U.S. Food and Drug Administration put together some food safety myths that need busting.
I have a faint memory of my family being sick with food poisoning one holiday. I didn’t like red meat as a child so luckily I avoided the bad pot roast. After that experience I often wondered which was worse — being the person sick with food poisoning or the cook that made everyone sick. So to avoid being the giver or receiver of tainted food, the U.S. Food and Drug Administration put together some food safety myths that need busting.
Myth #1: Food poisoning isn’t that big of a deal. I just have to tough it out for a day or two and then it’s over.
Fact: Many people don’t know it, but some foodborne illnesses can actually lead to long-term health conditions, and 3,000 Americans a year die from foodborne illness. Get the facts on long-term effects of food poisoning.
Myth #2: It’s OK to thaw meat on the counter. Since it starts out frozen, bacteria isn’t really a problem.
Fact: Actually, bacteria grow surprisingly rapidly at room temperatures, so the counter is never a place you should thaw foods. Instead, thaw foods the right way.
Myth #3: When cleaning my kitchen, the more bleach I use, the better. More bleach kills more bacteria, so it’s safer for my family.
Fact: There is actually no advantage to using more bleach than needed. To clean kitchen surfaces effectively, use just one teaspoon of liquid, unscented bleach to one quart of water.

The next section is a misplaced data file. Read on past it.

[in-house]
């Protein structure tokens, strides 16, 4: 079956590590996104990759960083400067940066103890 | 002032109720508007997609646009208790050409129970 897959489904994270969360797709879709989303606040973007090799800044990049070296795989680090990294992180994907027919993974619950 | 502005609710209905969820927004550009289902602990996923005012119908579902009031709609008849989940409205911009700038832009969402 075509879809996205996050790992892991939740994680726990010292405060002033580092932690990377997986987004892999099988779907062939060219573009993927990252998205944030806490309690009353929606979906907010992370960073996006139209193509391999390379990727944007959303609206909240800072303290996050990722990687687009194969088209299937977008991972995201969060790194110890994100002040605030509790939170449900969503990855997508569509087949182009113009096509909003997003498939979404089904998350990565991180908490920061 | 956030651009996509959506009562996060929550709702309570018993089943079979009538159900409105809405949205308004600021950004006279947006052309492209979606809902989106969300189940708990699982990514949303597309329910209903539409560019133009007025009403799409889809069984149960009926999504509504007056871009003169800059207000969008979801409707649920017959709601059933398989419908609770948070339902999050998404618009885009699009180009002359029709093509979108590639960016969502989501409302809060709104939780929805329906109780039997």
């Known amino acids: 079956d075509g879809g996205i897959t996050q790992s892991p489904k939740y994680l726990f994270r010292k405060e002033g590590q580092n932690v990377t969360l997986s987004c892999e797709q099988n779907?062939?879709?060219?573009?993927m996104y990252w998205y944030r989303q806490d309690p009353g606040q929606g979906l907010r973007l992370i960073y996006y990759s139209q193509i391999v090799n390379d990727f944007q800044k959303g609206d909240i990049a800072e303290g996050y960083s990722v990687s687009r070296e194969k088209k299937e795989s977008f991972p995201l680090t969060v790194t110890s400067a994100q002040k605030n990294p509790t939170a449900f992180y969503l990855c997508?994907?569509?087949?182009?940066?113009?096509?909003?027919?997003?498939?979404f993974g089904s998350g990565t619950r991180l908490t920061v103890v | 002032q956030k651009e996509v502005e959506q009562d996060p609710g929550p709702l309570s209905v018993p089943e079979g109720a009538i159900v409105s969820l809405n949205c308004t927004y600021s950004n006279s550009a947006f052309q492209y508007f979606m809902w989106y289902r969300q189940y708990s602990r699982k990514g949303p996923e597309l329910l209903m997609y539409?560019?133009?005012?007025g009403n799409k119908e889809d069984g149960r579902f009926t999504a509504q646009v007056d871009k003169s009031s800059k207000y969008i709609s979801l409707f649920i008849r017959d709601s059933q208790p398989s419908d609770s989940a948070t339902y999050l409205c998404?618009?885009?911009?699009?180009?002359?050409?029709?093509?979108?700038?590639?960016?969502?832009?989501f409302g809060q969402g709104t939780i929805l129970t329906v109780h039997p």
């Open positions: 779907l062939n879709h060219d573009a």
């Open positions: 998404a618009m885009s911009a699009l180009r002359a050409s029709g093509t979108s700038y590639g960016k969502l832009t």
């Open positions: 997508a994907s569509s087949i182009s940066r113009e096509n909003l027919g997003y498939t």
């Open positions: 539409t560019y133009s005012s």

Myth #4: I don’t need to wash fruits or vegetables if I’m going to peel them.
Fact: Because it’s easy to transfer bacteria from the peel or rind you’re cutting to the inside of your fruits and veggies, it’s important to wash all produce, even if you plan to peel it.
Myth #5: To get rid of any bacteria on my meat, poultry, or seafood, I should rinse off the juices with water first.
Fact: Actually, rinsing meat, poultry, or seafood with water can increase your chance of food poisoning by splashing juices (and any bacteria they might contain) onto your sink and counters. The best way to cook meat, poultry, or seafood safely is to make sure you cook it to the right temperature.
Myth #6: The only reason to let food sit after it’s been microwaved is to make sure you don’t burn yourself on food that’s too hot.
Fact: In fact, letting microwaved food sit for a few minutes (“standing time”) helps your food cook more completely by allowing colder areas of food time to absorb heat from hotter areas of food.
Myth #7: Leftovers are safe to eat until they smell bad.
Fact: The kinds of bacteria that cause food poisoning do not affect the look, smell, or taste of food. To be safe, use our Safe Storage Times chart to make sure you know the right time to throw food out.
Myth #8: Once food has been cooked, all the bacteria have been killed, so I don’t need to worry once it’s “done.”
Fact: Actually, the possibility of bacterial growth actually increases after cooking, because the drop in temperature allows bacteria to thrive. This is why keeping cooked food warmed to the right temperature is critical for food safety.
Myth #9: Marinades are acidic, which kills bacteria—so it’s OK to marinate foods on the counter.
Fact: Even in the presence of acidic marinade, bacteria can grow very rapidly at room temperatures. To marinate foods safely, it’s important to marinate them in the refrigerator.
Myth #10: If I really want my produce to be safe, I should wash fruits and veggies with soap or detergent before I use them.
Fact: In fact, it’s best not to use soaps or detergents on produce, since these products can linger on foods and are not safe for consumption. Using clean running water is actually the best way to remove bacteria and wash produce safely.
If you find yourself with a sick stomach this holiday, the Norton Immediate Care Centers are open to get you well and back to the party.